By 2000, demand had outgrown their home and they moved Paint Pots into a separate building. They now run three pre-schools and six day nurseries - caring for nearly 1,000 children a week.

"We used to rely on paper records, but it became impossible to keep track of the details, records and administrative tasks," says Mr Wright. So, the nursery now uses online learning journal, Tapestry.

"Technology releases our team members from time spent maintaining those manual records, giving them more time to spend with the children," he adds.

Dr Helen Edwards, co-founder of Tapestry, previously spent "hours and hours" on paperwork for her own nursery in East Sussex. In 2012, her husband Steve came up with the idea for Tapestry.

"It grew very quickly. We now have around 18,000 accounts across 40 countries and look after the journals of over a million children," she says.

Staff want to spend as much time as possible with the children and technology helps them to do that, she points out.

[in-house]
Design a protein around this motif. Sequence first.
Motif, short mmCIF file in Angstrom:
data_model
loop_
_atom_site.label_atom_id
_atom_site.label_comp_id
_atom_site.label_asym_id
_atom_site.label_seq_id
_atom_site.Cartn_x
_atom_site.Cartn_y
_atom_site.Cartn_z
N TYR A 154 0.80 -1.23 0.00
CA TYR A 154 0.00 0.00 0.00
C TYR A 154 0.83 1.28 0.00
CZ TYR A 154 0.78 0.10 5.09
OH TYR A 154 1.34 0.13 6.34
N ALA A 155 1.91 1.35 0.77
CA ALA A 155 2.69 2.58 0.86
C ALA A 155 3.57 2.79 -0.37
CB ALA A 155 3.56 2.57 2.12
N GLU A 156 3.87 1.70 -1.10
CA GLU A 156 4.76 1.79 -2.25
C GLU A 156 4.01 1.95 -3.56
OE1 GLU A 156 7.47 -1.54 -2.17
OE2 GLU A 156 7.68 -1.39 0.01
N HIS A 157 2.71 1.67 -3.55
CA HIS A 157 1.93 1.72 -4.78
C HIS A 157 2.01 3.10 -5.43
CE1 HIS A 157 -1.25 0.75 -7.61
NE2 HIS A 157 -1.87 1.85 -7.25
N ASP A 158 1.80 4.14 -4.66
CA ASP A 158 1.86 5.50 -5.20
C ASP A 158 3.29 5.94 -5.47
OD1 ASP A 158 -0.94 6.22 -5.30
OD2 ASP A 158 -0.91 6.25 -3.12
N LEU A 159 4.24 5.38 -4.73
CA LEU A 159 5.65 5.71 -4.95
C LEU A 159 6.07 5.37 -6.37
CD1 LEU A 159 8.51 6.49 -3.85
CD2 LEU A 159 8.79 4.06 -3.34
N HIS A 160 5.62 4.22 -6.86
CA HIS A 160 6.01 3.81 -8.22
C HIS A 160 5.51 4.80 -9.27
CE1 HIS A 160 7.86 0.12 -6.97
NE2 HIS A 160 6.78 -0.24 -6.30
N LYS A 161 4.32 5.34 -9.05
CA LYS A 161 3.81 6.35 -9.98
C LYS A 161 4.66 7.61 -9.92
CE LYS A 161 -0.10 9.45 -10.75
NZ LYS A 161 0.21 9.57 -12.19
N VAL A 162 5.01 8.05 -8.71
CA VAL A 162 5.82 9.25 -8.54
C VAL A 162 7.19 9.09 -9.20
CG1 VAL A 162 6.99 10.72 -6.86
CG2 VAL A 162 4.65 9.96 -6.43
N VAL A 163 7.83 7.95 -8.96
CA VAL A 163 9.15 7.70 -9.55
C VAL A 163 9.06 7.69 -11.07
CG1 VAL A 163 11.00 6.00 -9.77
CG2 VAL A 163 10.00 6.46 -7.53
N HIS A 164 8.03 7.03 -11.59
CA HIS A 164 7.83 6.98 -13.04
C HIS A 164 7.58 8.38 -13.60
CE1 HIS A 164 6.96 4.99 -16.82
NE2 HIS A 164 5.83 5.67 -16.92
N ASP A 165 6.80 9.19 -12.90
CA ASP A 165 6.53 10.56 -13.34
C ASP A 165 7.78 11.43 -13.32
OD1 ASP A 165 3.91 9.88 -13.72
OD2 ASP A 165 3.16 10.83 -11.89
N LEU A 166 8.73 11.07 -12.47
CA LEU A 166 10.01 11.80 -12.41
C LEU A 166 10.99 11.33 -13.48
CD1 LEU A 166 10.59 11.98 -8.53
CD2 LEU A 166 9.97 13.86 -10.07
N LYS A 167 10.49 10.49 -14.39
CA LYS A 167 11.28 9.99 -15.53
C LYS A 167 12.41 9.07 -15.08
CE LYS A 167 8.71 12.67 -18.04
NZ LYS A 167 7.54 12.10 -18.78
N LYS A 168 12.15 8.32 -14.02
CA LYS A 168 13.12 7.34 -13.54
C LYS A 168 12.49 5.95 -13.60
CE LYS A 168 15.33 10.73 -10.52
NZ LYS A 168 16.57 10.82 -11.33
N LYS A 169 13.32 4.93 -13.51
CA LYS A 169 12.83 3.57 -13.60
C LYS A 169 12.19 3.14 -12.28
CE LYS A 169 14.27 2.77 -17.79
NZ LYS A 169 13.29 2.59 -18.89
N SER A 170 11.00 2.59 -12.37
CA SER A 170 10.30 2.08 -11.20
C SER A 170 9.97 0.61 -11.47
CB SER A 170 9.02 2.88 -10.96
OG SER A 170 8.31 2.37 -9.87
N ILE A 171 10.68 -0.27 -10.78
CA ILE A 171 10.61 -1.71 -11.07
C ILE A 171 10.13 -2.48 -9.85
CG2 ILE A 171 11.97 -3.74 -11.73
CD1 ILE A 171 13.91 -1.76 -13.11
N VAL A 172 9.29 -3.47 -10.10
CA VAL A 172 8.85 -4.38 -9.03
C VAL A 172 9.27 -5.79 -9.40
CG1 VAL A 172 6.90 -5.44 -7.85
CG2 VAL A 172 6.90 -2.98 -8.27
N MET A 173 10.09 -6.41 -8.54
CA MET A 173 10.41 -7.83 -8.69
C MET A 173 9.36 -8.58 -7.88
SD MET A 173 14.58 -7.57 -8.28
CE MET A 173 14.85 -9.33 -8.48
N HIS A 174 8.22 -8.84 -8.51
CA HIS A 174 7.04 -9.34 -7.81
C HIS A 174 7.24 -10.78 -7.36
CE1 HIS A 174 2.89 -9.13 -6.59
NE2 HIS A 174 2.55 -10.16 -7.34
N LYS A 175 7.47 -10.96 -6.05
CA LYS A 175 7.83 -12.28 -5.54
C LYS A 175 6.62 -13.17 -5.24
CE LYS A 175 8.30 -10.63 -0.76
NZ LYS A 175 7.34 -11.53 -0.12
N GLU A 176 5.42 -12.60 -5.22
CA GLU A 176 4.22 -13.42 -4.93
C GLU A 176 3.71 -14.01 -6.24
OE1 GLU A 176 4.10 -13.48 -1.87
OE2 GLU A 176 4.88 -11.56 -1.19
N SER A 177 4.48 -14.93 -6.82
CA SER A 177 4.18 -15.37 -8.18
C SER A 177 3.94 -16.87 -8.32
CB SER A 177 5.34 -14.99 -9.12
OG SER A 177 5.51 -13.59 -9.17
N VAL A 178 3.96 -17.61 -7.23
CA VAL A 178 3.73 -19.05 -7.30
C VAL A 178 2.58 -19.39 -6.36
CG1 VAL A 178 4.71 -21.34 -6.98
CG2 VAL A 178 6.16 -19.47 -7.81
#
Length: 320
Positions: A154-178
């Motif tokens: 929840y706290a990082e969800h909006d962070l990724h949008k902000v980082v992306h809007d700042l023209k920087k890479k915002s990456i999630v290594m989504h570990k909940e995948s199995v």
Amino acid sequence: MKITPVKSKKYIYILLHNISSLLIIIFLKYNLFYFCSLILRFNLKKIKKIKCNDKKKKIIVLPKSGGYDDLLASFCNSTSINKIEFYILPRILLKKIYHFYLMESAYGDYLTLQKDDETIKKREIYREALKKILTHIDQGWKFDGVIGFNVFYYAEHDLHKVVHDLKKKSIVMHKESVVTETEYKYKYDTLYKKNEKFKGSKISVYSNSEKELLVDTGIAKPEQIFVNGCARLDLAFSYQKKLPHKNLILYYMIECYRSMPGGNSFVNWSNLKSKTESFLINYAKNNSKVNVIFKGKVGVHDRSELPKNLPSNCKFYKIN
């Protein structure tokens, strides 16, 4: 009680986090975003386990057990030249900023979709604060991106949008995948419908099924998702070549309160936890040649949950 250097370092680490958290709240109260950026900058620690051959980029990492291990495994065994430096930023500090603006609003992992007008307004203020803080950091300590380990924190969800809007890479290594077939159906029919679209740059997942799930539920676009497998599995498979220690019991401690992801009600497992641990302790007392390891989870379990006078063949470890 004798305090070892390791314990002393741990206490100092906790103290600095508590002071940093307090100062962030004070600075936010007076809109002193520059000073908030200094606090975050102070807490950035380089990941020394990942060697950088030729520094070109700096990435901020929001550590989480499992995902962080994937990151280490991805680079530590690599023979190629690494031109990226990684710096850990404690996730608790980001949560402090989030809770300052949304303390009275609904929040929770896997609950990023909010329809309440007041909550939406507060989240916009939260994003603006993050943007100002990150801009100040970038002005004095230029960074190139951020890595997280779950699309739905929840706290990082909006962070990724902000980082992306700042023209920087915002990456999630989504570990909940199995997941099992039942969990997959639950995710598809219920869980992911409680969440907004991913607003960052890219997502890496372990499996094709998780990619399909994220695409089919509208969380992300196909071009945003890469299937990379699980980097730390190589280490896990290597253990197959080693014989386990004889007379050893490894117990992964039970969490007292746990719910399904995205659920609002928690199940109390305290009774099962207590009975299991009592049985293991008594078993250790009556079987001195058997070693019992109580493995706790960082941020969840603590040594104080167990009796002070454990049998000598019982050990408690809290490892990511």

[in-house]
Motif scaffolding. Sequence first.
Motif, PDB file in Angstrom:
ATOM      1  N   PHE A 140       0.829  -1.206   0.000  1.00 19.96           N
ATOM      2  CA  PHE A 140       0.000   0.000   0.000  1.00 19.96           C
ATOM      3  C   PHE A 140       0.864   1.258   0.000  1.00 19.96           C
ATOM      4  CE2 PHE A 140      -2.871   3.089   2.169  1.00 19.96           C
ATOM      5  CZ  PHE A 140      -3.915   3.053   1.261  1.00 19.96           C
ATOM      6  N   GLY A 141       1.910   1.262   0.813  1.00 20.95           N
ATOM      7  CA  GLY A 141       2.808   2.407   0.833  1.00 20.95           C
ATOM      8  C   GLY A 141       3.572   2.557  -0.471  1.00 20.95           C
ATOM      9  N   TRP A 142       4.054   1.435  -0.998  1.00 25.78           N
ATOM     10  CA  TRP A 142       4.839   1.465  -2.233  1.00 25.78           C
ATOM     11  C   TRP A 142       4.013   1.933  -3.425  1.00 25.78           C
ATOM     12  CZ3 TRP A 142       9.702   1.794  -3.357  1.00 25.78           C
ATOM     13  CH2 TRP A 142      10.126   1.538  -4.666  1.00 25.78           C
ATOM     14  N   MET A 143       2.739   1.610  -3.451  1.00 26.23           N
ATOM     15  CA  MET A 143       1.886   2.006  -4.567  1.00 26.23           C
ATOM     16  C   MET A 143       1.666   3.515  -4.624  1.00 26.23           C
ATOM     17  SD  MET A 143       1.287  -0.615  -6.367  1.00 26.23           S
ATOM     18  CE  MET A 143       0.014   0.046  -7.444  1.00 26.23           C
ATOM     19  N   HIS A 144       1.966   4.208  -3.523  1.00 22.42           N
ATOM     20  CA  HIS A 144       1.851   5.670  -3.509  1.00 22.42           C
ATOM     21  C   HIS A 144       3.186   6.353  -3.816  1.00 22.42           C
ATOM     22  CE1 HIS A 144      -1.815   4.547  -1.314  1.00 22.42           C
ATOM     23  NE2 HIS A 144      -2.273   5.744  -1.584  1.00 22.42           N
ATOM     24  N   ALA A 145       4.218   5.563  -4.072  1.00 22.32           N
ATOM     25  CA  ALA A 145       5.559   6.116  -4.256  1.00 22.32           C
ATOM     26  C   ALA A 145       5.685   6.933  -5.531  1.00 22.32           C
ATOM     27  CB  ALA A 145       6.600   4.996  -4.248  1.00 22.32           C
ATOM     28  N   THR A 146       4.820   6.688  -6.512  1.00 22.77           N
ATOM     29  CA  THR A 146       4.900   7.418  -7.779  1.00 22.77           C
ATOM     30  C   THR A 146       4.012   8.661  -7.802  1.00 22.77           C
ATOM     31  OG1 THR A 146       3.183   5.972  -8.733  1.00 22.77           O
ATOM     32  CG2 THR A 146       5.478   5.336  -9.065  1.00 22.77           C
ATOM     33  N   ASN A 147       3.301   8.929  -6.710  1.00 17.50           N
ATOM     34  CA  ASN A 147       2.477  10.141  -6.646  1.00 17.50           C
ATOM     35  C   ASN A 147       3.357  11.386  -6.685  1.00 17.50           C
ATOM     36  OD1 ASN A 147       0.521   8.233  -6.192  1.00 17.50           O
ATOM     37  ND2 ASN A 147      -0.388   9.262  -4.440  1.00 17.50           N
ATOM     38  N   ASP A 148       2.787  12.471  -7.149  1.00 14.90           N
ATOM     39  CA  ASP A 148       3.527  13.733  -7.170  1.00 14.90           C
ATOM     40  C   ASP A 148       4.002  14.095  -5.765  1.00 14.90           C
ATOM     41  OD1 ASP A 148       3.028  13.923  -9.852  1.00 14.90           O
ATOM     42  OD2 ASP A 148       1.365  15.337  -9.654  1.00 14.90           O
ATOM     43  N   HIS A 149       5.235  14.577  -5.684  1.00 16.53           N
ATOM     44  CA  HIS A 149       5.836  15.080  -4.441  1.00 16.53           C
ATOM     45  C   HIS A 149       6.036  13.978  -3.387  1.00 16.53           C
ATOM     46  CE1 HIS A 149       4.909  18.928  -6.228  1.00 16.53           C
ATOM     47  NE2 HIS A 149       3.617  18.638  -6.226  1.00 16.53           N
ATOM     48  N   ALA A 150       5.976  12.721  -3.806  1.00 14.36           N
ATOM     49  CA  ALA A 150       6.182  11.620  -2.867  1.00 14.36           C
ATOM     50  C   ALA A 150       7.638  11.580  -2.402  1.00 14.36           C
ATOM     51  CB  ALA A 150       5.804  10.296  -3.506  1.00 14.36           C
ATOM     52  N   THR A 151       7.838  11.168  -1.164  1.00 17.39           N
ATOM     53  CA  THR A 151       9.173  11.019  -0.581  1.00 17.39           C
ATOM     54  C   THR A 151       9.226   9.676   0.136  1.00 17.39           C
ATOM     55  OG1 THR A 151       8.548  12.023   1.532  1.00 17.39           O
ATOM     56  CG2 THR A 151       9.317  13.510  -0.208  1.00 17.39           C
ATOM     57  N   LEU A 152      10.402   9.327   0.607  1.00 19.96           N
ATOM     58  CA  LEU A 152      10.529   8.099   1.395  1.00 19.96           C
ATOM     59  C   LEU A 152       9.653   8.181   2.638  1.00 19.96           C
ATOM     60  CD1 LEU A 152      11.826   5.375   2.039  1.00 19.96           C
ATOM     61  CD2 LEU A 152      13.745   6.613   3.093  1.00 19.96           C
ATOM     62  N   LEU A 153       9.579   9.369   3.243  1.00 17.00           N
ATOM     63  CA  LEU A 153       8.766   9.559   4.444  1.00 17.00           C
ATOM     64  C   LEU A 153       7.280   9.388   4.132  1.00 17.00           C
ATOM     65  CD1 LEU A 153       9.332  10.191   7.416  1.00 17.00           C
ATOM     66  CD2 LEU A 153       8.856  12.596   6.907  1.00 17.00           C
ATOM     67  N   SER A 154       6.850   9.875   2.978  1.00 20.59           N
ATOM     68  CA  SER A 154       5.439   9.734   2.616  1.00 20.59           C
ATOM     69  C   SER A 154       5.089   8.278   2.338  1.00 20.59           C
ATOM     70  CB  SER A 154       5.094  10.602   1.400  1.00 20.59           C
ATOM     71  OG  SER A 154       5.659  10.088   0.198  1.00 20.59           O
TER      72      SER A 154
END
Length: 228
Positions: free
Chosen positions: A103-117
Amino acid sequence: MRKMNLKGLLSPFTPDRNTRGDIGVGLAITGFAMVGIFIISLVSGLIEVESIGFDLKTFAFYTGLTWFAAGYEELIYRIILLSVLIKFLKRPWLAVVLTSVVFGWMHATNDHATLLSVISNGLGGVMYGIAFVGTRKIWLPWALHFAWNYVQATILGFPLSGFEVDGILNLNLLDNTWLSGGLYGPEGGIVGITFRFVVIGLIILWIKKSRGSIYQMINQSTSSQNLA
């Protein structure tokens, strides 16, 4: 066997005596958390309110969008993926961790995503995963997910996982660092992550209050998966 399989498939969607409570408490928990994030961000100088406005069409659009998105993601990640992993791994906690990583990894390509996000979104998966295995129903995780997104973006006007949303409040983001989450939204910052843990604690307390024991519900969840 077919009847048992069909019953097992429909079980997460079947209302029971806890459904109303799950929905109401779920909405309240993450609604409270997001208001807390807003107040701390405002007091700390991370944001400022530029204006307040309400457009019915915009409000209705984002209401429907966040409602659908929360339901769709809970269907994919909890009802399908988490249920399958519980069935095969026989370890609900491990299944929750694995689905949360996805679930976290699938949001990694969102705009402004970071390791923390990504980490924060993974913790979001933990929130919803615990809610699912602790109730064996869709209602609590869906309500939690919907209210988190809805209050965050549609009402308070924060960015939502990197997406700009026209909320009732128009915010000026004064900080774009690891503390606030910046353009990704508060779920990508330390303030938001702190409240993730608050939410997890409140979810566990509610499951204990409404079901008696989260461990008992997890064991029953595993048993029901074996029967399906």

"What's more, both parents can access the journal - useful when parents are separated," she adds, and external professionals, such as a speech and language therapists or home care visitors can also be given access.

"Everyone can work together to support the child," says Dr Edwards.

Image source, A Mills
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Alex Mills is sceptical about the use of technology in nurseries

But not everyone feels increased use of technology is a positive step forward.

"We can become too reliant on apps and technology, especially where children are concerned," says parent, Alex Mills. "I don't want my toddler to have people constantly taking pictures of him. The main priority should be the care they provide."

Ms Mills' two-year-old son, Max, goes to a local nursery that does not use technology for communication. Instead, staff talk to parents and provide a slip of paper with details of what the child has eaten, nappy changes and sleep.